New hub in Jurong for trade associations

The iHub facility at Jurong Town Hall will house the future Trade Association Hub.
The iHub facility at Jurong Town Hall will house the future Trade Association Hub. PHOTO: JTC CORPORATION

Trade associations are following the lead of start-up hot spot Block 71 and getting a hub of their own to foster greater collaboration.

The Trade Association (TA) Hub to be sited at Jurong Town Hall has already signed up 18 trade associations, including the Singapore Chinese Chamber of Commerce and Industry (SCCCI), the Landscape Industry Association and the Association of Process Industry.

Mr Charles Quek, president of the Association of Process Industry, told a panel discussion at the Trade Association Congress here yesterday that he hopes the hub will facilitate greater collaboration.

"For associations, there's a lot we can share and learn from each other. You cannot look at your industry alone," he said, emphasising that there could be more cross-industry collaborations.

The hub, which was proposed by the SCCCI two years ago, is expected to be ready early next year. It will have a suite of shared facilities, including an auditorium, meeting rooms and training areas.

The SCCCI, which organised the congress, has also set up a shared secretariat team to address the challenge of manpower recruitment for many trade associations.

The team will provide services like membership management, financial and corporate management, and communications. Three associations have signed on so far.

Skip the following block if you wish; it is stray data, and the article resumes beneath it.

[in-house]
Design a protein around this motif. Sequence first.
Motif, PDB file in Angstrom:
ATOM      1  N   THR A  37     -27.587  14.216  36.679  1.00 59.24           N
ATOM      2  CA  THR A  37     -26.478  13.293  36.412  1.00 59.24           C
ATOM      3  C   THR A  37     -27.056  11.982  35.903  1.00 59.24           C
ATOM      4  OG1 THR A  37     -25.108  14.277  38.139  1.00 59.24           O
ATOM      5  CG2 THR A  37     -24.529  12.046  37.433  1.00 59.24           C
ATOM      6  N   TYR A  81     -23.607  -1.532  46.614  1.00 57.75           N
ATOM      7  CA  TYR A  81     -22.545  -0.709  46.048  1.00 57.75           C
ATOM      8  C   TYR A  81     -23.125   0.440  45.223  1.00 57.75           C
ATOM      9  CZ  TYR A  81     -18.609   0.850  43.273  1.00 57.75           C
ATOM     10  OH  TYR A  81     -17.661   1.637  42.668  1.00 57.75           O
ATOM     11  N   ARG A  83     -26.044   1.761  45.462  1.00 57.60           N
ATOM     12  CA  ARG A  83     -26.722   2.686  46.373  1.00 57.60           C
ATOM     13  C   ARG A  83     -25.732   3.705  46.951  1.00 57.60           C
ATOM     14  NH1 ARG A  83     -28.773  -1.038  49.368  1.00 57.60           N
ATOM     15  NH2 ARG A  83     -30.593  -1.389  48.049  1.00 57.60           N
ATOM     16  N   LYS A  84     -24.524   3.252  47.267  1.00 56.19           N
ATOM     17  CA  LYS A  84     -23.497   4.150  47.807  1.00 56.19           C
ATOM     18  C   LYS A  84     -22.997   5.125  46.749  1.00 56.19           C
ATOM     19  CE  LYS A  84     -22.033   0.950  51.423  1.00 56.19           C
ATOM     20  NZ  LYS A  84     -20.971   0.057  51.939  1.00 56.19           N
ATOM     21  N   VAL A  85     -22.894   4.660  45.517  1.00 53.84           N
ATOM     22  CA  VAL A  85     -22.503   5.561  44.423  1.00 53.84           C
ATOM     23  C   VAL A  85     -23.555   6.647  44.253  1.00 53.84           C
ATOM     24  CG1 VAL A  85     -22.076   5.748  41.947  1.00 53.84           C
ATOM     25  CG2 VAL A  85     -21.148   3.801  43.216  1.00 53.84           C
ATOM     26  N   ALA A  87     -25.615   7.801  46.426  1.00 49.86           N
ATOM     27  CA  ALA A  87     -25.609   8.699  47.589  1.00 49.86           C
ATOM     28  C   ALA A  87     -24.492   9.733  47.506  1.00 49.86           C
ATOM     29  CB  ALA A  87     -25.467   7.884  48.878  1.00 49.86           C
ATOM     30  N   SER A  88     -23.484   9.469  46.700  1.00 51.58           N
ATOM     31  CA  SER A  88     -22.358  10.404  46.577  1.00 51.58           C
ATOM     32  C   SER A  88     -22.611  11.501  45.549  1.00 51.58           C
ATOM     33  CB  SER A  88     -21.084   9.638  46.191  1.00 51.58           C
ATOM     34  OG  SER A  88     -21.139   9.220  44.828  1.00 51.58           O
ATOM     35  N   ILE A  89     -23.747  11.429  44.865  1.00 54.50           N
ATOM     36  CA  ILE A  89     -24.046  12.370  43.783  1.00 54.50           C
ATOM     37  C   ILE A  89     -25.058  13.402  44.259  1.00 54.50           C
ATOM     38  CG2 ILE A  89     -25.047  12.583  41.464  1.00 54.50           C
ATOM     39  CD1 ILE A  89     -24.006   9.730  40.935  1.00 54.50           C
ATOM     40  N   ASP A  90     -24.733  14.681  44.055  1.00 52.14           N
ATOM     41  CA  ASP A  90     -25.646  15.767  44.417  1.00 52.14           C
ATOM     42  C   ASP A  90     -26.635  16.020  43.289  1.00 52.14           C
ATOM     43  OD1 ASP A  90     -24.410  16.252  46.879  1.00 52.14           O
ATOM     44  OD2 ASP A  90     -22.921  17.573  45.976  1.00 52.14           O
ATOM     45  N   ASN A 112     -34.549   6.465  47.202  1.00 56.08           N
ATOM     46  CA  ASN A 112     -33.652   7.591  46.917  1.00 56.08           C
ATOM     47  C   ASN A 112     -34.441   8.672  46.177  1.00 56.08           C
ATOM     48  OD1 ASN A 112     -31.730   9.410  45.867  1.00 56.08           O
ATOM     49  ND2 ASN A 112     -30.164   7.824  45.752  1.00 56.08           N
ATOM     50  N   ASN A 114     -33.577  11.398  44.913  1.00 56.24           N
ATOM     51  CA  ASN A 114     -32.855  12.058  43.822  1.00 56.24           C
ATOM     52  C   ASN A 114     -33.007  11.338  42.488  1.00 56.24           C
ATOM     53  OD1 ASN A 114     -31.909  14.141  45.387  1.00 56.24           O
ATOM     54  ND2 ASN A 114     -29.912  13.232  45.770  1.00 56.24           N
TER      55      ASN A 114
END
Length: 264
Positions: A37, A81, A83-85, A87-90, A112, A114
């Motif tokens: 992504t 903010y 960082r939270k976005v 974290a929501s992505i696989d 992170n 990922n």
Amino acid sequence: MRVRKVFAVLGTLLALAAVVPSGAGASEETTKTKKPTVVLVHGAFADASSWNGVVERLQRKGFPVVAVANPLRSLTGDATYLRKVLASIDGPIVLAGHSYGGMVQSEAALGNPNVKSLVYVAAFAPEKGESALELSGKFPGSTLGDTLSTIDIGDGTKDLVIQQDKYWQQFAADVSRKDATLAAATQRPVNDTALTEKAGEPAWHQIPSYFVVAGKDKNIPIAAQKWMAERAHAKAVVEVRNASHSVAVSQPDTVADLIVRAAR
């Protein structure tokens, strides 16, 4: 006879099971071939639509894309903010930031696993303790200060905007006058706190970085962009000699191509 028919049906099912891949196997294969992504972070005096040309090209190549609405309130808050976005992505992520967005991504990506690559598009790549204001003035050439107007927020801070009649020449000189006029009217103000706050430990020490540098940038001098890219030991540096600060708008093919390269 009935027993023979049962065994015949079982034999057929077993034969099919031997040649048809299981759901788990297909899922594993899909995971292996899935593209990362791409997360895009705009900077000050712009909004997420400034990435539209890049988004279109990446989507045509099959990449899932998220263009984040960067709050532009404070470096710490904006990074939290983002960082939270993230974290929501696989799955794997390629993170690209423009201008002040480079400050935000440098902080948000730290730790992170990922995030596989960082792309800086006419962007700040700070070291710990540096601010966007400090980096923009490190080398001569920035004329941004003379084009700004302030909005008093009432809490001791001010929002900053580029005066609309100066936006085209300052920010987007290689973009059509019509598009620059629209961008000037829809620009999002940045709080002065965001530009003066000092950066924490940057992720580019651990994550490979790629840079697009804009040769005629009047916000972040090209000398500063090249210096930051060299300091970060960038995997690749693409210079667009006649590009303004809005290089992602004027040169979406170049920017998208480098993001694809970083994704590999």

It will also establish a Trade Association committee to drive the development of trade associations. Ms Sim Ann, Senior Minister of State for Trade and Industry, will be an adviser.

Ms Sim, urging trade associations and chambers (TACs) to encourage their members to embrace technology and innovation, cited the development of an automated school bus management system by the Singapore School Transport Association.

She told the congress: "TACs can play a leadership role in identifying and implementing projects which enable a significant proportion of their members to make a step shift in productivity and competitiveness through technology adoption."

The Government has backed TACs to drive industry transformation and has set aside $90 million over the next five years to support them in developing projects through the Local Enterprise and Association Development (Lead) programme.

Panellist Ernie Koh, president of the Singapore Furniture Industries Council, said that the Lead funding was "very helpful" but noted that there were still some challenges.

He said the programme entailed companies to pre-fund projects and get adequate manpower to achieve the key performance indicators.

These issues were "challenging even for older trade associations" which have more manpower and funding, he said.

Mr Mark Lee, president of the Textile and Fashion Federation, said the number of associations in Singapore was an issue and suggested that there could be consolidation or mergers. There are about 360 TACs here.

"It's for the trade associations to look at how they can become more relevant because, by coming together, they could streamline costs and functions - that's part of what TA Hub is trying to do.

"Association members must have a non-vested interest and look from the perspective of the industry," he said.

Mr Chan Meng Soon, managing director of Louisiana Seafood Manufacturing, said he found his membership of two trade associations very useful given the relevance of events they organise.

However, he said that he would not join too many associations as smaller ones were usually less relevant, adding that the membership costs could add up to a hefty amount.

A version of this article appeared in the print edition of The Straits Times on September 24, 2016, with the headline 'New hub in Jurong for trade associations'. Print Edition | Subscribe